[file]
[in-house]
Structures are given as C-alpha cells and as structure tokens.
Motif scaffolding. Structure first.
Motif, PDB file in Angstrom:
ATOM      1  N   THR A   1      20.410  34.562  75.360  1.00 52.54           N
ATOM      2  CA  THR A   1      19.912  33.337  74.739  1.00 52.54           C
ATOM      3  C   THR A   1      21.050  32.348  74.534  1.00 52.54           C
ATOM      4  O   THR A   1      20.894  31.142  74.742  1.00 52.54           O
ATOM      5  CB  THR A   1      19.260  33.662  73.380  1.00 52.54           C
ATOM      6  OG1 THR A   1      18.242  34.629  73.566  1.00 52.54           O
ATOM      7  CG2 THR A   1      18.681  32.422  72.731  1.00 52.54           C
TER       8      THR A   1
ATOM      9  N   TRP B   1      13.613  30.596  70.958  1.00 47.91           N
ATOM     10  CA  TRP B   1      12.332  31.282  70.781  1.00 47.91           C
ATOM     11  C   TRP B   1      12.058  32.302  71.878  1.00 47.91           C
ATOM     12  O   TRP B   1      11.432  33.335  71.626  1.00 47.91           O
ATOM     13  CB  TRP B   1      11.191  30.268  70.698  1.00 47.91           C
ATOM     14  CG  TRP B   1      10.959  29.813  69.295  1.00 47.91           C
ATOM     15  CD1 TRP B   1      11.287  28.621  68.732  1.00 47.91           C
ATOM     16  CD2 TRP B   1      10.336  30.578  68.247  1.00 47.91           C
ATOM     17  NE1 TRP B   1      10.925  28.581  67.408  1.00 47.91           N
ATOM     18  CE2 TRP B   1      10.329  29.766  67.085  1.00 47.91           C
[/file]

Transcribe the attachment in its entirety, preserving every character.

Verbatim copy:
[in-house]
Structures are given as C-alpha cells and as structure tokens.
Motif scaffolding. Structure first.
Motif, PDB file in Angstrom:
ATOM      1  N   THR A   1      20.410  34.562  75.360  1.00 52.54           N
ATOM      2  CA  THR A   1      19.912  33.337  74.739  1.00 52.54           C
ATOM      3  C   THR A   1      21.050  32.348  74.534  1.00 52.54           C
ATOM      4  O   THR A   1      20.894  31.142  74.742  1.00 52.54           O
ATOM      5  CB  THR A   1      19.260  33.662  73.380  1.00 52.54           C
ATOM      6  OG1 THR A   1      18.242  34.629  73.566  1.00 52.54           O
ATOM      7  CG2 THR A   1      18.681  32.422  72.731  1.00 52.54           C
TER       8      THR A   1
ATOM      9  N   TRP B   1      13.613  30.596  70.958  1.00 47.91           N
ATOM     10  CA  TRP B   1      12.332  31.282  70.781  1.00 47.91           C
ATOM     11  C   TRP B   1      12.058  32.302  71.878  1.00 47.91           C
ATOM     12  O   TRP B   1      11.432  33.335  71.626  1.00 47.91           O
ATOM     13  CB  TRP B   1      11.191  30.268  70.698  1.00 47.91           C
ATOM     14  CG  TRP B   1      10.959  29.813  69.295  1.00 47.91           C
ATOM     15  CD1 TRP B   1      11.287  28.621  68.732  1.00 47.91           C
ATOM     16  CD2 TRP B   1      10.336  30.578  68.247  1.00 47.91           C
ATOM     17  NE1 TRP B   1      10.925  28.581  67.408  1.00 47.91           N
ATOM     18  CE2 TRP B   1      10.329  29.766  67.085  1.00 47.91           C